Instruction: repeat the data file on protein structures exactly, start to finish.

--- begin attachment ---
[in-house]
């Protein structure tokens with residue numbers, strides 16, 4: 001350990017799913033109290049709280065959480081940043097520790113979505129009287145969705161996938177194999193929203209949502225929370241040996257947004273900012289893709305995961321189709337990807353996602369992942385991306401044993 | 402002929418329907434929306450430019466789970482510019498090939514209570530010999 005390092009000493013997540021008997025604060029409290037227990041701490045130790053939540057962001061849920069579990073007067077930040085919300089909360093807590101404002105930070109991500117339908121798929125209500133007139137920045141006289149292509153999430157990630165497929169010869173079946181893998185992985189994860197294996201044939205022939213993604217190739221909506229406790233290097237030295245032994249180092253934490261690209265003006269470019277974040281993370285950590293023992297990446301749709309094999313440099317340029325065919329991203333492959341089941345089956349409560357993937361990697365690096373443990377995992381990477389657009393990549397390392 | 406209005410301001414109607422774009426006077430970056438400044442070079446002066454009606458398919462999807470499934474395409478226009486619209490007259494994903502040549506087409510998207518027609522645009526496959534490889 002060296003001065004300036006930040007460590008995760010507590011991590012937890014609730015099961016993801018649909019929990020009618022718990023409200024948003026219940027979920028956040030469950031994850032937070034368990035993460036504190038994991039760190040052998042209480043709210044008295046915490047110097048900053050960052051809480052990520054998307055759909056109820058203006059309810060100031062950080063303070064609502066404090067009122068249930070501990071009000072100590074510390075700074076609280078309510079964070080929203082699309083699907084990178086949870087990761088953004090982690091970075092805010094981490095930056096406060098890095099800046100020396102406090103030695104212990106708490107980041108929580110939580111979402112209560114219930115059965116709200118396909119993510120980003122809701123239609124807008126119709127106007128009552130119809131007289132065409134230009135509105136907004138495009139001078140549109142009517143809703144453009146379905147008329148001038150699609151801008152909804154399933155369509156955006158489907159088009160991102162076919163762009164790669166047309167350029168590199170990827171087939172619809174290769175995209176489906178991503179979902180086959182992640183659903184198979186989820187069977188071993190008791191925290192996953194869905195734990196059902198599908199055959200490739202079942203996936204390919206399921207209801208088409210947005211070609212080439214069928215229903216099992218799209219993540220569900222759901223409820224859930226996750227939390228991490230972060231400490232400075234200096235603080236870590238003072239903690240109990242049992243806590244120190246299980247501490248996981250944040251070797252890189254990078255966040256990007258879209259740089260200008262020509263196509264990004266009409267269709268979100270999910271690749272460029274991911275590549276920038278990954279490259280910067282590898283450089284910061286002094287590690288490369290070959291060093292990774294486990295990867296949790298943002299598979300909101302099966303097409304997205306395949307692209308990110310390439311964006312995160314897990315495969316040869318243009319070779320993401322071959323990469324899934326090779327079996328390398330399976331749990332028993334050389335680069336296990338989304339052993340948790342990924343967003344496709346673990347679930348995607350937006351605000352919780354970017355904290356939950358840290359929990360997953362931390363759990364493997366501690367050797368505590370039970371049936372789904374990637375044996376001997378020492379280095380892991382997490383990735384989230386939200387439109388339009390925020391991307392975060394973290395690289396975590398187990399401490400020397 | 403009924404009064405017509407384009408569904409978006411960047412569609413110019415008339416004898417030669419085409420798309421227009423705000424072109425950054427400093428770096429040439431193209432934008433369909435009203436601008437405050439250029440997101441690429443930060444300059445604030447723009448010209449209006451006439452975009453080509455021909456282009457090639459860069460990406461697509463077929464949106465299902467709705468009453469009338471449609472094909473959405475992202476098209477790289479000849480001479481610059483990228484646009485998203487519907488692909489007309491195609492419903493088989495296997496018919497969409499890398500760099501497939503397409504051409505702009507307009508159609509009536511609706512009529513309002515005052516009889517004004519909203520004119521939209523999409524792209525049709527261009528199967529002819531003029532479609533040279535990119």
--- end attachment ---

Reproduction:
[in-house]
């Protein structure tokens with residue numbers, strides 16, 4: 001350990017799913033109290049709280065959480081940043097520790113979505129009287145969705161996938177194999193929203209949502225929370241040996257947004273900012289893709305995961321189709337990807353996602369992942385991306401044993 | 402002929418329907434929306450430019466789970482510019498090939514209570530010999 005390092009000493013997540021008997025604060029409290037227990041701490045130790053939540057962001061849920069579990073007067077930040085919300089909360093807590101404002105930070109991500117339908121798929125209500133007139137920045141006289149292509153999430157990630165497929169010869173079946181893998185992985189994860197294996201044939205022939213993604217190739221909506229406790233290097237030295245032994249180092253934490261690209265003006269470019277974040281993370285950590293023992297990446301749709309094999313440099317340029325065919329991203333492959341089941345089956349409560357993937361990697365690096373443990377995992381990477389657009393990549397390392 | 406209005410301001414109607422774009426006077430970056438400044442070079446002066454009606458398919462999807470499934474395409478226009486619209490007259494994903502040549506087409510998207518027609522645009526496959534490889 002060296003001065004300036006930040007460590008995760010507590011991590012937890014609730015099961016993801018649909019929990020009618022718990023409200024948003026219940027979920028956040030469950031994850032937070034368990035993460036504190038994991039760190040052998042209480043709210044008295046915490047110097048900053050960052051809480052990520054998307055759909056109820058203006059309810060100031062950080063303070064609502066404090067009122068249930070501990071009000072100590074510390075700074076609280078309510079964070080929203082699309083699907084990178086949870087990761088953004090982690091970075092805010094981490095930056096406060098890095099800046100020396102406090103030695104212990106708490107980041108929580110939580111979402112209560114219930115059965116709200118396909119993510120980003122809701123239609124807008126119709127106007128009552130119809131007289132065409134230009135509105136907004138495009139001078140549109142009517143809703144453009146379905147008329148001038150699609151801008152909804154399933155369509156955006158489907159088009160991102162076919163762009164790669166047309167350029168590199170990827171087939172619809174290769175995209176489906178991503179979902180086959182992640183659903184198979186989820187069977188071993190008791191925290192996953194869905195734990196059902198599908199055959200490739202079942203996936204390919206399921207209801208088409210947005211070609212080439214069928215229903216099992218799209219993540220569900222759901223409820224859930226996750227939390228991490230972060231400490232400075234200096235603080236870590238003072239903690240109990242049992243806590244120190246299980247501490248996981250944040251070797252890189254990078255966040256990007258879209259740089260200008262020509263196509264990004266009409267269709268979100270999910271690749272460029274991911275590549276920038278990954279490259280910067282590898283450089284910061286002094287590690288490369290070959291060093292990774294486990295990867296949790298943002299598979300909101302099966303097409304997205306395949307692209308990110310390439311964006312995160314897990315495969316040869318243009319070779320993401322071959323990469324899934326090779327079996328390398330399976331749990332028993334050389335680069336296990338989304339052993340948790342990924343967003344496709346673990347679930348995607350937006351605000352919780354970017355904290356939950358840290359929990360997953362931390363759990364493997366501690367050797368505590370039970371049936372789904374990637375044996376001997378020492379280095380892991382997490383990735384989230386939200387439109388339009390925020391991307392975060394973290395690289396975590398187990399401490400020397 | 403009924404009064405017509407384009408569904409978006411960047412569609413110019415008339416004898417030669419085409420798309421227009423705000424072109425950054427400093428770096429040439431193209432934008433369909435009203436601008437405050439250029440997101441690429443930060444300059445604030447723009448010209449209006451006439452975009453080509455021909456282009457090639459860069460990406461697509463077929464949106465299902467709705468009453469009338471449609472094909473959405475992202476098209477790289479000849480001479481610059483990228484646009485998203487519907488692909489007309491195609492419903493088989495296997496018919497969409499890398500760099501497939503397409504051409505702009507307009508159609509009536511609706512009529513309002515005052516009889517004004519909203520004119521939209523999409524792209525049709527261009528199967529002819531003029532479609533040279535990119």